• Gh. Ghodrati Amiri, V. Kazemiashtiani, S.A. Razavian Amrei Page 183
    This study has carried out seismic hazard analysis and Peak Ground Acceleration (PGA) indifferent regions of Arak City located in Markazi province of Iran. Historical andinstrumental earthquakes data sets from 4 B.C. to 2007 were used, and seismic sources up to 200km-radius surrounding Arak City were considered in modeling. In addition, seismicity parameters were calculated by kijko (2000), and three Attenuation relationships we used with Logic Tree method. Analysis was conducted for 17 × 12 grid points over Arak region and provance area with SEISRISK III (1987) software. Results were shown by PGA maps for four hazard levels.
  • F. Sajedi, H. Abdul Razak Page 207
    The use of high strength concrete (HSC) has been studied for many years in developed and developing countries. Although, HSC has a few disadvantages, it has many advantages. The concrete with compressive strength (CS) levels in the range of 50 to100 MPa, is called HSC.The most important property of HSC is 28-day CS as a criterion. Sometimes due to timelimitations and construction project problems, estimation of 28- day CS based on 7-day CScan be useful. Based on many experimental tests and analysis of the results, three sets ofequations are determined with ANN and Regression techniques are compared and the best is recommended.
  • K. Abedi, H. Afshin, M.R. Noori Shirazi Page 219
    In this paper, application of rectified square steel jackets for improving the hysteretic behavior of reinforced concrete column has been investigated. Deficient performance of square steel jacket due to out of plane bulging in cross section under moderate and severe earthquake excitations and having an advantage of taking less space after retrofitting, strengthenin of square steel jacket in potential plastic hinge regions can be useful means for achieving appropriate performance of this type of steel jacket. In the present study, all of the analyses have been undertaken using ANSYS (version 10.0). In order to verify the accuracy and validity of the finite element modeling, the numerical results, obtained from nonlinear finite element analyses, have been compared with the available experimental data. Having verified the finite element modeling, a deficient RC column designed according to pre-1971 codes was selected and eleven specimens with different states of retrofitting details were used for reinforcement ofsquare steel jacket in potential plastic hinge regions. Also, the effects of increase in thickness of plate stiffeners, geometric shape of stiffeners and stiffened length of column have been investigated. The results of analyses indicate that energy dissipation and shear strength at rectified steel jacketed specimens significantly are improved by increasing the thickness of steel plate stiffeners until achieving maximum flexural strength of cross section and also stiffened height of column. However, geometric shape of stiffeners does not have a drastic effect on the hysteretic behavior of retrofitted column.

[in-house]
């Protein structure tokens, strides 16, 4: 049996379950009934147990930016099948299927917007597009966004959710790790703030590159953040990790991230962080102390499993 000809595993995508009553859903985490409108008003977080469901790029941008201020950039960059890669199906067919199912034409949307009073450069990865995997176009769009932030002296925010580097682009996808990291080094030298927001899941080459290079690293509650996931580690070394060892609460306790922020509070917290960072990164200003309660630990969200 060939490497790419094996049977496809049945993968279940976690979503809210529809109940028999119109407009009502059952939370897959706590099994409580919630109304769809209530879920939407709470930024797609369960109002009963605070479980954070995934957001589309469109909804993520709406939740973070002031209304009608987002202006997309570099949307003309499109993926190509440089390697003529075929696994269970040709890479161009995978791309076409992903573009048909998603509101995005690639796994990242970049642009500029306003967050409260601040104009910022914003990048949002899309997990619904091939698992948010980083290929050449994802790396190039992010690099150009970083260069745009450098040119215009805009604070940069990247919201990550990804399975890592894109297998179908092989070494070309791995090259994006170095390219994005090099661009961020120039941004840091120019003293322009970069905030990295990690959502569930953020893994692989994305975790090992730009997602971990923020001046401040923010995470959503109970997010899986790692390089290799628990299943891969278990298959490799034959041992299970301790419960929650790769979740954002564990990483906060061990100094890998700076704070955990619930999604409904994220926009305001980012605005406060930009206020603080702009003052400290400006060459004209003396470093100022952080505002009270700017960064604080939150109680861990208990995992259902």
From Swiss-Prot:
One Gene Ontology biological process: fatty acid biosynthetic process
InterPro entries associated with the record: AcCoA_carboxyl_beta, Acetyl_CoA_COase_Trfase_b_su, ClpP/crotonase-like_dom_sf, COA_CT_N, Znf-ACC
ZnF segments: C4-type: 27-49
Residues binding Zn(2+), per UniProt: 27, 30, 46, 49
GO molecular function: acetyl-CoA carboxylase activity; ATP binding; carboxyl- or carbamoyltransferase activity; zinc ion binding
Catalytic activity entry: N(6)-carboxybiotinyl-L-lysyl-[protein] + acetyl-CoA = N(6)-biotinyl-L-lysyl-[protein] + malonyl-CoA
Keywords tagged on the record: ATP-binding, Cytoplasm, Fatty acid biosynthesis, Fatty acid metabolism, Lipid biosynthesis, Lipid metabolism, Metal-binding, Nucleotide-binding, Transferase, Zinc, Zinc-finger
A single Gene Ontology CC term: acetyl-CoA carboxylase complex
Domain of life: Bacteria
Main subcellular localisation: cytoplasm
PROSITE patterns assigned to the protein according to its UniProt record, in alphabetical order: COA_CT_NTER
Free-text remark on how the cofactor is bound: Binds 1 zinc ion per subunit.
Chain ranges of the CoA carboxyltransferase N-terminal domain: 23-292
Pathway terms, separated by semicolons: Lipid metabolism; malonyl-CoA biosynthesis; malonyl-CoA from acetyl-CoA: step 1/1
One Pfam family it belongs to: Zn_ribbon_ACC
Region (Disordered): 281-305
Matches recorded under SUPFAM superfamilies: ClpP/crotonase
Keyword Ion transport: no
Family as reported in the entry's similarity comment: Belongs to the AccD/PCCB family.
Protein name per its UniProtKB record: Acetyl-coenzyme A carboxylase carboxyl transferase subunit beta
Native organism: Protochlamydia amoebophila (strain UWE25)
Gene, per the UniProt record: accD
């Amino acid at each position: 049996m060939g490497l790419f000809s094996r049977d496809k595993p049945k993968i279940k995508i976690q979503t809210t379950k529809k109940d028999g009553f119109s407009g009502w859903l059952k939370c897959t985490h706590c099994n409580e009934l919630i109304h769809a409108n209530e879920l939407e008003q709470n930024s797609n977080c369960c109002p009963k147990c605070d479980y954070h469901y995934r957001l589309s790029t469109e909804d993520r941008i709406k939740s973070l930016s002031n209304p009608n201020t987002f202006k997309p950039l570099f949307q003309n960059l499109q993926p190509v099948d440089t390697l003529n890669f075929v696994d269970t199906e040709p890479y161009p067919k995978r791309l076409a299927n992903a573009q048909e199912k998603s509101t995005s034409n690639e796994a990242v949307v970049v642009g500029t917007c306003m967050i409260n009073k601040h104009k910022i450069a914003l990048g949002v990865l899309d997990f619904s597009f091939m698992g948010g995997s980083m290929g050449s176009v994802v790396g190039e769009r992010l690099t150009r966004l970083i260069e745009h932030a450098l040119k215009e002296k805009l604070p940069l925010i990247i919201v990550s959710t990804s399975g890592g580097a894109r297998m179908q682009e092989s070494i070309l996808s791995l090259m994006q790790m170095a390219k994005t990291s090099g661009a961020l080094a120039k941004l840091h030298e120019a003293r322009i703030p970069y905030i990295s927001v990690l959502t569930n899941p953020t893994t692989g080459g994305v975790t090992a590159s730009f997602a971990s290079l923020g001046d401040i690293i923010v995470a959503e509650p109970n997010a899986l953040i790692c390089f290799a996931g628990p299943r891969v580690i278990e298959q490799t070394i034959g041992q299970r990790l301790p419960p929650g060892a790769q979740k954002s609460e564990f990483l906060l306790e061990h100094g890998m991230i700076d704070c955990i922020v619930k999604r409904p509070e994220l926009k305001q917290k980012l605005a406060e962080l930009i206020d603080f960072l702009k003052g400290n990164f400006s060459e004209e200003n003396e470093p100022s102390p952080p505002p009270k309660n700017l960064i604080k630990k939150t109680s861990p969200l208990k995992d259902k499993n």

• S. Guettala, B. Mezghiche, M. Mellas Page 241
    Influence of adding finely crushed dune sand Sd to cement, on the physical-mechanicalperformances results primarily from two effects: a physical-chemical and a chemical effect.On one hand it modifies the hydration process of cement as well as the structuring ofhydrated products, on the other hand, it reacts on the cementing medium and develops new hydrated products. These effects act simultaneously and in a complementary way on the final performance of cementing materials.In order to better understand the gain in strength of the premixed cement OPC of the finely crushed dune sand, the microstructural aspect has been examined. Mixtures of Sdlime pastes present a hydraulic setting which is due to the formation of a CSH phase. The latter is semi-crystallized. The study of mixtures Sd-lime paste is thus a simplified approach of that of the mixtures Sd-OPC in which the main reaction is the fixation, by the Sd, of lime coming from the hydration of C3S in the form of CSH.
  • V. Bhikshma, R. Kishore Page 255